When all eyes turned to New Orleans, I thought, finally, things will change.
Last month, a group of congressmen and congresswomen led by Rep. Donald Payne, D-N.J., wrote to the head of USAID, Dr. Rajiv Shah, with a simple message: We need to do more to fight neglected tropical diseases.
In its Global Health Initiative, the Obama administration has vowed to devote unprecedented resources to the fight against five parasitic and bacterial diseases damaging impoverished and remote communities throughout Africa, Asia and Latin America.
But the historical importance of the initiative is undercut by a bewildering and glaring omission: So far, several neglected diseases — including sleeping sickness, visceral leishmaniasis, Chagas disease and Buruli ulcer — have been completely left out.
The 14 diseases listed as neglected tropical diseases by the World Health Organization affect 1 billion of the poorest people in some of the world’s most remote areas. The majority of patients cannot afford to pay for any kind of treatment and thus represent no market for the drug industry’s research and development agenda. The Global Health Initiative should include all of these diseases.
As doctors, we cannot simply choose which diseases to treat.
Sleeping sickness and visceral leishmaniasis are both 100 percent lethal without treatment, taking the lives of more than 100,000 people each year in sub-Saharan Africa and South Asia.
Chagas disease kills more people in Latin America than any other parasitic disease, including malaria.
Others, including Buruli ulcer, may not be deadly but they affect some of most marginalized people in the world.
Both of us have seen first hand how neglect from the medical and research community only compounds the heavy toll taken by these diseases. Today, there is scarce access to diagnostics, and the medicines that do exist are unaffordable, have more side effects, and are difficult to administer in resource-poor settings.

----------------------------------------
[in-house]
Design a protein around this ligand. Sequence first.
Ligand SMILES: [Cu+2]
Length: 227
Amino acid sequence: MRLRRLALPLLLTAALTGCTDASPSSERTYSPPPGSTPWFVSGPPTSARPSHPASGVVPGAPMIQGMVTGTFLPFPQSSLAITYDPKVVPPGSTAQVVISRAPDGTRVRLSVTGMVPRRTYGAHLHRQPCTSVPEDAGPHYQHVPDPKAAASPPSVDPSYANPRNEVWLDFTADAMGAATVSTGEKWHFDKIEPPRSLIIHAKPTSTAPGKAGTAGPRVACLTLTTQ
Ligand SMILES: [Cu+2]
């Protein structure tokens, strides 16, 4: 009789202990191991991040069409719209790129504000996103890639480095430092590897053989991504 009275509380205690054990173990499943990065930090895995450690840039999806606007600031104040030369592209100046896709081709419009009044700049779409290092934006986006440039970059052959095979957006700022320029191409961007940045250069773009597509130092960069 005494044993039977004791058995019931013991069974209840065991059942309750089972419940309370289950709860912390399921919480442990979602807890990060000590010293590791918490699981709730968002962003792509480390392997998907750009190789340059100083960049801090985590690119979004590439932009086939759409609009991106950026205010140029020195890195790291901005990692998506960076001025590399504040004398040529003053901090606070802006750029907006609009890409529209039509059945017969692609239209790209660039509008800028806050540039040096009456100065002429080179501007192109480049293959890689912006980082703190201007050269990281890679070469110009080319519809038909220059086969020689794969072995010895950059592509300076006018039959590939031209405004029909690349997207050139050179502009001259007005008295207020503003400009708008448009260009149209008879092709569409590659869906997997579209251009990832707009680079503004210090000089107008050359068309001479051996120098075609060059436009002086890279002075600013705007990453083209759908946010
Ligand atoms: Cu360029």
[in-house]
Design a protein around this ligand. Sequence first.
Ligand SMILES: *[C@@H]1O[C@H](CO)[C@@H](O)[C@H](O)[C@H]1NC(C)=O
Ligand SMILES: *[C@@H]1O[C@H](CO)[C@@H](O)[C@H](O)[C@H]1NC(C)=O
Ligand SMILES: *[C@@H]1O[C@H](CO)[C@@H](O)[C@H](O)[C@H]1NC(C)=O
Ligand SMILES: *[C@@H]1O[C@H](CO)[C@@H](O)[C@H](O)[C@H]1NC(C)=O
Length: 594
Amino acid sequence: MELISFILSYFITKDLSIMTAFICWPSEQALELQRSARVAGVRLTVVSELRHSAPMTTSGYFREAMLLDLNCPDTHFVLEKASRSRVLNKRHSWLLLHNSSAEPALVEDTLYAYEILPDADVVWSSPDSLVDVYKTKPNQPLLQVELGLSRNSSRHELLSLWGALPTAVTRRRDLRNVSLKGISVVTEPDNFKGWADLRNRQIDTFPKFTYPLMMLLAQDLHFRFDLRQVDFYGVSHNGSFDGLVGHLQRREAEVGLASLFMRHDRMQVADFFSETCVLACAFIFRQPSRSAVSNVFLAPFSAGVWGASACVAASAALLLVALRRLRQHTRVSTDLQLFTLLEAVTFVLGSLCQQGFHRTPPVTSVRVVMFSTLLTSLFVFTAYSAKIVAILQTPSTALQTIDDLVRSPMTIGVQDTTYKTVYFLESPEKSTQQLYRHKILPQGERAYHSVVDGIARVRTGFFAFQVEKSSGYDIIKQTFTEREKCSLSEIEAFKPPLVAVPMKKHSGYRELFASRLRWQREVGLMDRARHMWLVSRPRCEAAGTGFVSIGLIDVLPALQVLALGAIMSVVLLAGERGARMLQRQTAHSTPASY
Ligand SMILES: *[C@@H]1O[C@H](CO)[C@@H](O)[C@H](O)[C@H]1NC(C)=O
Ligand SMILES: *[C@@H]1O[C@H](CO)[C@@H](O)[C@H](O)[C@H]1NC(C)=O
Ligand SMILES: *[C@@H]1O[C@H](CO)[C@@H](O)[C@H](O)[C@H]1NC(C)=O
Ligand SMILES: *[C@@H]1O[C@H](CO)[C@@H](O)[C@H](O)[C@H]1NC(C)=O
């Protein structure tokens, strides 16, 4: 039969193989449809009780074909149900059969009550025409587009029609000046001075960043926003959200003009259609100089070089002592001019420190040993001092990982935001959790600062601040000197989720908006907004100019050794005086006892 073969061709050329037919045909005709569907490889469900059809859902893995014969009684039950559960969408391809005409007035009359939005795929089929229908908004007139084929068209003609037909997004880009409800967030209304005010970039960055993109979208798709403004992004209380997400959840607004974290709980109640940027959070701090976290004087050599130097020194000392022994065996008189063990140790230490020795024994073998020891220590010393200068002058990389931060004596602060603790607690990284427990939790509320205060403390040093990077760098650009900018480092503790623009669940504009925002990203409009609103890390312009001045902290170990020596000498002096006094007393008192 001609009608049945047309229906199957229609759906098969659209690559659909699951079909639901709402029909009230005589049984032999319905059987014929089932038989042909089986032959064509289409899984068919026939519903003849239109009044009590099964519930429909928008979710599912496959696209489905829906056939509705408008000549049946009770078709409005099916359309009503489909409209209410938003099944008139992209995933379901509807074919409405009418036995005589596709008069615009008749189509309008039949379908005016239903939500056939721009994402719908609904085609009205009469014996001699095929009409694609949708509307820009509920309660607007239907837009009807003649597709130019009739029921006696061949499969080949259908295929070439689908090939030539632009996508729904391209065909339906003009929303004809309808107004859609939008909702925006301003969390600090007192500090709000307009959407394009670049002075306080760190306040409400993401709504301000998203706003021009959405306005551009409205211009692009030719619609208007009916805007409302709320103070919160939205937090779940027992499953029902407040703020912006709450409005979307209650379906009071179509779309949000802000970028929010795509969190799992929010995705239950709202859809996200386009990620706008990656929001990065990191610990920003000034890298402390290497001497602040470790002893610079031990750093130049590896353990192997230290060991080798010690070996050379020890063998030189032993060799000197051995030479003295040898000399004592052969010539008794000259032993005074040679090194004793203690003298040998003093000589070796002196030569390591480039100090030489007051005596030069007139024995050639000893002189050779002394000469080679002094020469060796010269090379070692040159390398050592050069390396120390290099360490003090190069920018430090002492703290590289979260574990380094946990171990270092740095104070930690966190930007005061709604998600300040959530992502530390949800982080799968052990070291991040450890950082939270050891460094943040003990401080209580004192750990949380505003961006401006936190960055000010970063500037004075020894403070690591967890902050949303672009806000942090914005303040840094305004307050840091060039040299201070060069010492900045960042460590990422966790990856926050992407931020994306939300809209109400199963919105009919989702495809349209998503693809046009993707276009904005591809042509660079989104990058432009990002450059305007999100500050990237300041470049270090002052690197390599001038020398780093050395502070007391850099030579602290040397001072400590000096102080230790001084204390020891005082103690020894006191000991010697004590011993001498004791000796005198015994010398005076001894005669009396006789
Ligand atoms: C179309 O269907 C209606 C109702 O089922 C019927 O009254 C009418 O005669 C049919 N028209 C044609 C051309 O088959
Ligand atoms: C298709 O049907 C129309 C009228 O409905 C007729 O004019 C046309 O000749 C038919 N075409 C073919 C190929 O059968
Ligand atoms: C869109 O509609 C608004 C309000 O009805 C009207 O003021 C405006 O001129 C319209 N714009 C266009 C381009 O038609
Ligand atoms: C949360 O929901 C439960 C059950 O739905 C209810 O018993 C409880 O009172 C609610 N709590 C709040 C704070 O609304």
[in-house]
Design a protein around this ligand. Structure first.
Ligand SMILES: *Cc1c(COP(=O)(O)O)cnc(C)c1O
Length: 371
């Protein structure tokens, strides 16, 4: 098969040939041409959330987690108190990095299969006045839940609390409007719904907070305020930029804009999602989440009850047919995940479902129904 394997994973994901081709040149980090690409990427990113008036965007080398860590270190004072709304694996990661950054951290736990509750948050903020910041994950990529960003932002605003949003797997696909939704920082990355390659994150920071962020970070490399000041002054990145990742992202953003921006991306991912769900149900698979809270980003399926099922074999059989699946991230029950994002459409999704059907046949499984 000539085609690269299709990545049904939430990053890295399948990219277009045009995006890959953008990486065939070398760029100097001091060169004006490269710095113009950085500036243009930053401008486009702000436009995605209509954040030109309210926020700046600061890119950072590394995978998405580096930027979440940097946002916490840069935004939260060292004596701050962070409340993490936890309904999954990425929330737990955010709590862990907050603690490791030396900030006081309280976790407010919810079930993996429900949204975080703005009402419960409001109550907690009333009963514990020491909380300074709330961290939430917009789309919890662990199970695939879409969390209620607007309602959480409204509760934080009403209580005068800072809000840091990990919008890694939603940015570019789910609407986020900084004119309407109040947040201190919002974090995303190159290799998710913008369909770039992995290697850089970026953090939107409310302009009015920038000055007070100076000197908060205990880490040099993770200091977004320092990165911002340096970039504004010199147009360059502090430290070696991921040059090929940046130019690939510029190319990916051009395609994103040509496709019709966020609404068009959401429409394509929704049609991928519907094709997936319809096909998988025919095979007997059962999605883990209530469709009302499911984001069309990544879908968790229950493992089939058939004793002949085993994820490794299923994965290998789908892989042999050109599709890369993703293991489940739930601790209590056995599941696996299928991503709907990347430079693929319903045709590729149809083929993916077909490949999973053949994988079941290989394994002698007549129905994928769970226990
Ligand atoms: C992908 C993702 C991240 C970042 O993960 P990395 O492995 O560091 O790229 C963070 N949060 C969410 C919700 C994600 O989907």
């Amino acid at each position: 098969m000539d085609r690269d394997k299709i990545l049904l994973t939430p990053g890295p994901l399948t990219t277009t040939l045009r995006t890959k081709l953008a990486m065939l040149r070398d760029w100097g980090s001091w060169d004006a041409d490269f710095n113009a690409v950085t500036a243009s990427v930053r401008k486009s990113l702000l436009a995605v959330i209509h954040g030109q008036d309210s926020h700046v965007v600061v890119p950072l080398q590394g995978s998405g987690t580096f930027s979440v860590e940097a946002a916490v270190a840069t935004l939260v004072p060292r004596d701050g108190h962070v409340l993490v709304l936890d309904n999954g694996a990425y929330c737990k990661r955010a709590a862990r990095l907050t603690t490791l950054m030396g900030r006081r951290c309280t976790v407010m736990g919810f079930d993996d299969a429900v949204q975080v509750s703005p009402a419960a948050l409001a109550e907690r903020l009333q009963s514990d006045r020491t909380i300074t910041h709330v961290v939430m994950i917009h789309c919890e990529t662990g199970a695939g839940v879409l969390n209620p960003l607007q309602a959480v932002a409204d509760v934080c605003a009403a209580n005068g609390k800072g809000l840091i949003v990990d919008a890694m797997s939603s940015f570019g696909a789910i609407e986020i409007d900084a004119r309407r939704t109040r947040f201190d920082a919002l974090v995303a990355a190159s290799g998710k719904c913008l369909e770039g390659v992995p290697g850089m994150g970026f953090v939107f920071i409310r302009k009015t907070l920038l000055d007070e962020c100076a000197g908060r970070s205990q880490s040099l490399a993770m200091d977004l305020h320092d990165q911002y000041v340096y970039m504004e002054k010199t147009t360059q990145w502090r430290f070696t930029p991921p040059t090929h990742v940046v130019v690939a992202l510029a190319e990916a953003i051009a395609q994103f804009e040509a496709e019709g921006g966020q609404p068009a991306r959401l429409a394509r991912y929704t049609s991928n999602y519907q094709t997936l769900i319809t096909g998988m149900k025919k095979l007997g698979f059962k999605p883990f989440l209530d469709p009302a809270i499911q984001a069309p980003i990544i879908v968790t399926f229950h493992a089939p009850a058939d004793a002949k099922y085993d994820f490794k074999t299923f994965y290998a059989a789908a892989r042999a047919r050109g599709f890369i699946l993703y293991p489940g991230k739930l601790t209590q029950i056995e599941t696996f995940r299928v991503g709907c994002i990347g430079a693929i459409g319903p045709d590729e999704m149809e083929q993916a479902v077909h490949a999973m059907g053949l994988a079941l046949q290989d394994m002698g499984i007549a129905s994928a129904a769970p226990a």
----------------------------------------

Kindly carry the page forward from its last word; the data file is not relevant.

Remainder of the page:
Nearly half of all stage 2 sleeping sickness patients, for example, are still treated with melarsoprol, a 1940s-era arsenic-based drug that inflicts searing pain when injected into the bloodstream and kills one in 20 of those receiving it outright. Up to 30 percent of patients fail to respond to the treatment altogether.
Our frustration at having to treat sleeping sickness patients like this spurred us to work for better options. Doctors without Borders/Medecins Sans Frontieres and Drugs for Neglected Diseases initiative spent several years researching and developing a new combination treatment, using nifurtimox and eflornithine, that is safer, more effective, easier to administer and cuts treatment time in half. The new regimen has been adopted by some countries, but efforts for wider use need a jolt, just the sort of thing President Obama’s Global Health Initiative could provide.
In the past ten years, Doctors Without Borders has treated tens of thousands of people for neglected tropical diseases while Drugs for Neglected Diseases initiative and its partners have for the first time created a pipeline for improved medicines. Even if this is just a drop in the ocean, it shows how a relatively small investment can save lives today and help fuel innovation for tomorrow.
Allocating just 10 percent of the Global Health Initiative neglected disease budget toward research and development, for instance, could help deliver better treatments to patients within five years.
The diseases focused on by the Global Health Initiative certainly deserve increased attention and resources. But if such an important venture continues to exclude the bulk of tropical diseases, a historical opportunity will be lost and patients will be doomed to another generation of deadly neglect.
Dr. Unni Karunakara is the incoming president of Doctors Without Borders/Medecins Sans Frontieres (MSF) International Council. Doctors Without Borders won the Nobel Peace Prize in 1999. Dr. Bernard Pecoul is the executive director of the Drugs for Neglected Diseases initiative (DNDi). They can be reached at email@example.com.